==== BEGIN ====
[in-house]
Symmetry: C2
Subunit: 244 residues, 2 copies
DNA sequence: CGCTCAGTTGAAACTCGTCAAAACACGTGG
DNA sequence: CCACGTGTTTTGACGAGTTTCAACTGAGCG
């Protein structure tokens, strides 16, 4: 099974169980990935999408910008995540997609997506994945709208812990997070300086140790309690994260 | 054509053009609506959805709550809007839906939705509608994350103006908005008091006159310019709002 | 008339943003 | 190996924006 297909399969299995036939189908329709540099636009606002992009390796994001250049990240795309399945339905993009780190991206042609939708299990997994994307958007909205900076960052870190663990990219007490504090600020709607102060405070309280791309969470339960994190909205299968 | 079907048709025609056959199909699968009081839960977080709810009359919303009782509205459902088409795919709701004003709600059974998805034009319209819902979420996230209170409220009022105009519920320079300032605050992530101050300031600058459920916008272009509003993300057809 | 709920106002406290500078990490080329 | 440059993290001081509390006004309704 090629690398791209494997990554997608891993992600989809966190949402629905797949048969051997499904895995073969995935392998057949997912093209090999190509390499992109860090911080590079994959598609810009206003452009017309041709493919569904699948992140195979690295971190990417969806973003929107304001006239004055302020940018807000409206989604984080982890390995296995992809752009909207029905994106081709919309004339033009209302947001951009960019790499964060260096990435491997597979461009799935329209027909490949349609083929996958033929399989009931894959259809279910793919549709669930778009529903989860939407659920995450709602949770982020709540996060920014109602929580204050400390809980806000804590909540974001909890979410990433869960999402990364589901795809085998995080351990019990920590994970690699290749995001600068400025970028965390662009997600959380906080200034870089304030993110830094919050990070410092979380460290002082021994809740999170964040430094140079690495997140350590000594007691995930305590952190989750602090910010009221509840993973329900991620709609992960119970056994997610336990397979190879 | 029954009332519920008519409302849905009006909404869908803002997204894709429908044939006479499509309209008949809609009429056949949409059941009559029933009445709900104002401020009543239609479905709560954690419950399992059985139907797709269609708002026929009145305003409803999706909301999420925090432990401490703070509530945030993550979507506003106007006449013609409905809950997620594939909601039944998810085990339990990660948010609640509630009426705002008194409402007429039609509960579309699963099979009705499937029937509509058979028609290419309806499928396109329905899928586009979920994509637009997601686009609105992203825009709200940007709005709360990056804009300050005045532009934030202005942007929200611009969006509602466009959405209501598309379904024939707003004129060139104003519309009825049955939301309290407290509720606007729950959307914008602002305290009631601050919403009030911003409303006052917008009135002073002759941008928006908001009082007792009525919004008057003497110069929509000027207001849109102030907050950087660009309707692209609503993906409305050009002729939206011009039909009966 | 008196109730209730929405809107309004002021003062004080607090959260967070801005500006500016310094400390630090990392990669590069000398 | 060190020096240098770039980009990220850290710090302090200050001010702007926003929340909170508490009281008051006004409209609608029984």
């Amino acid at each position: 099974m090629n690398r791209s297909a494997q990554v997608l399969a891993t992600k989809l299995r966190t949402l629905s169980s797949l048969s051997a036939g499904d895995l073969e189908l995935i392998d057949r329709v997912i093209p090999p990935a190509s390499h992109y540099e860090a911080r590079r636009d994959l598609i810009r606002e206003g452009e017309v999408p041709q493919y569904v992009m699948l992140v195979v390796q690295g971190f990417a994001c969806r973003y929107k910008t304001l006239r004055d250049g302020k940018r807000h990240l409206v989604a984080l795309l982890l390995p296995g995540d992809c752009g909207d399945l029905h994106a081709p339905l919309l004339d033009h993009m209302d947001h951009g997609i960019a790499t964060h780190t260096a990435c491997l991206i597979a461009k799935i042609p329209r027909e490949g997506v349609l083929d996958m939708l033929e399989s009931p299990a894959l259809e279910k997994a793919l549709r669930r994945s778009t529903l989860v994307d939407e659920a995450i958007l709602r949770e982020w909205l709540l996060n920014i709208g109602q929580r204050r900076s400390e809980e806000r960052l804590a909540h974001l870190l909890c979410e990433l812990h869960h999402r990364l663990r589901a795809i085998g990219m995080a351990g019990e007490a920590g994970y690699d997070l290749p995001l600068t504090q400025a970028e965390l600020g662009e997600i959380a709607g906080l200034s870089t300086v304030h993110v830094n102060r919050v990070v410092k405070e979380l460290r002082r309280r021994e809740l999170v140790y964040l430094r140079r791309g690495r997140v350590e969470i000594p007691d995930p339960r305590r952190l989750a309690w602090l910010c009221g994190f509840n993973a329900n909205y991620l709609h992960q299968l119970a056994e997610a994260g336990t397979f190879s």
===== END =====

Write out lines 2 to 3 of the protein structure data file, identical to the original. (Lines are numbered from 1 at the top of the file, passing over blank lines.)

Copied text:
Symmetry: C2
Subunit: 244 residues, 2 copies